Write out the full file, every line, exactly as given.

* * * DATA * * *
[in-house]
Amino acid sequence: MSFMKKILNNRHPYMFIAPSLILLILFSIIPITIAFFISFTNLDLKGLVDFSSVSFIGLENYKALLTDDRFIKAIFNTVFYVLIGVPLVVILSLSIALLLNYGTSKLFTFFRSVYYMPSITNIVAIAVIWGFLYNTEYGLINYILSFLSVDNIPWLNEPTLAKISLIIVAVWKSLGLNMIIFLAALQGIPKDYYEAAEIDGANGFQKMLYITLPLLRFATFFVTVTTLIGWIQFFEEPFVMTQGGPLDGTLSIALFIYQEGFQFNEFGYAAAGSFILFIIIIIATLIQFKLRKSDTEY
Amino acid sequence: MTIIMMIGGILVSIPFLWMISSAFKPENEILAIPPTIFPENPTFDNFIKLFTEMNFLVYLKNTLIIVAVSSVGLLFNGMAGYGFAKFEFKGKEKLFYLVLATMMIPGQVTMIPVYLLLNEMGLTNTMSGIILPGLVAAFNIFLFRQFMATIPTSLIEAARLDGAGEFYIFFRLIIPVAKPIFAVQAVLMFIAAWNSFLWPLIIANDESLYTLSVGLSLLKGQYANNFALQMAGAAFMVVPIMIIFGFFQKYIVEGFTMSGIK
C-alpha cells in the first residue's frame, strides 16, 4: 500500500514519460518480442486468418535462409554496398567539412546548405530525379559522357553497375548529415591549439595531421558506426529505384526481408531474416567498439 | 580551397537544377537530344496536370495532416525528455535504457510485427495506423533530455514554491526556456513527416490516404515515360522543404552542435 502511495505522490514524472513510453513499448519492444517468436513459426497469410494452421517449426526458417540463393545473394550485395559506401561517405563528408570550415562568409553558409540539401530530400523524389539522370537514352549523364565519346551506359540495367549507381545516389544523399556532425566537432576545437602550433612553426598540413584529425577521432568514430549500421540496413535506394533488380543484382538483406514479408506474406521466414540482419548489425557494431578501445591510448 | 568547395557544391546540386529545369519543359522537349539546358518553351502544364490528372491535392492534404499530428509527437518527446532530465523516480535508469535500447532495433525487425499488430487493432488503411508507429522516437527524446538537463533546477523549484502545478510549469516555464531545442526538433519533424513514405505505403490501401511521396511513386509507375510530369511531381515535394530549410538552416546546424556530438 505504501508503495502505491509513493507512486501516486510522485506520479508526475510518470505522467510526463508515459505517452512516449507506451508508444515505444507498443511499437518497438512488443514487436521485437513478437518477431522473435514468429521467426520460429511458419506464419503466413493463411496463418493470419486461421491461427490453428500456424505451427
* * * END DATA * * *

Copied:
[in-house]
Amino acid sequence: MSFMKKILNNRHPYMFIAPSLILLILFSIIPITIAFFISFTNLDLKGLVDFSSVSFIGLENYKALLTDDRFIKAIFNTVFYVLIGVPLVVILSLSIALLLNYGTSKLFTFFRSVYYMPSITNIVAIAVIWGFLYNTEYGLINYILSFLSVDNIPWLNEPTLAKISLIIVAVWKSLGLNMIIFLAALQGIPKDYYEAAEIDGANGFQKMLYITLPLLRFATFFVTVTTLIGWIQFFEEPFVMTQGGPLDGTLSIALFIYQEGFQFNEFGYAAAGSFILFIIIIIATLIQFKLRKSDTEY
Amino acid sequence: MTIIMMIGGILVSIPFLWMISSAFKPENEILAIPPTIFPENPTFDNFIKLFTEMNFLVYLKNTLIIVAVSSVGLLFNGMAGYGFAKFEFKGKEKLFYLVLATMMIPGQVTMIPVYLLLNEMGLTNTMSGIILPGLVAAFNIFLFRQFMATIPTSLIEAARLDGAGEFYIFFRLIIPVAKPIFAVQAVLMFIAAWNSFLWPLIIANDESLYTLSVGLSLLKGQYANNFALQMAGAAFMVVPIMIIFGFFQKYIVEGFTMSGIK
C-alpha cells in the first residue's frame, strides 16, 4: 500500500514519460518480442486468418535462409554496398567539412546548405530525379559522357553497375548529415591549439595531421558506426529505384526481408531474416567498439 | 580551397537544377537530344496536370495532416525528455535504457510485427495506423533530455514554491526556456513527416490516404515515360522543404552542435 502511495505522490514524472513510453513499448519492444517468436513459426497469410494452421517449426526458417540463393545473394550485395559506401561517405563528408570550415562568409553558409540539401530530400523524389539522370537514352549523364565519346551506359540495367549507381545516389544523399556532425566537432576545437602550433612553426598540413584529425577521432568514430549500421540496413535506394533488380543484382538483406514479408506474406521466414540482419548489425557494431578501445591510448 | 568547395557544391546540386529545369519543359522537349539546358518553351502544364490528372491535392492534404499530428509527437518527446532530465523516480535508469535500447532495433525487425499488430487493432488503411508507429522516437527524446538537463533546477523549484502545478510549469516555464531545442526538433519533424513514405505505403490501401511521396511513386509507375510530369511531381515535394530549410538552416546546424556530438 505504501508503495502505491509513493507512486501516486510522485506520479508526475510518470505522467510526463508515459505517452512516449507506451508508444515505444507498443511499437518497438512488443514487436521485437513478437518477431522473435514468429521467426520460429511458419506464419503466413493463411496463418493470419486461421491461427490453428500456424505451427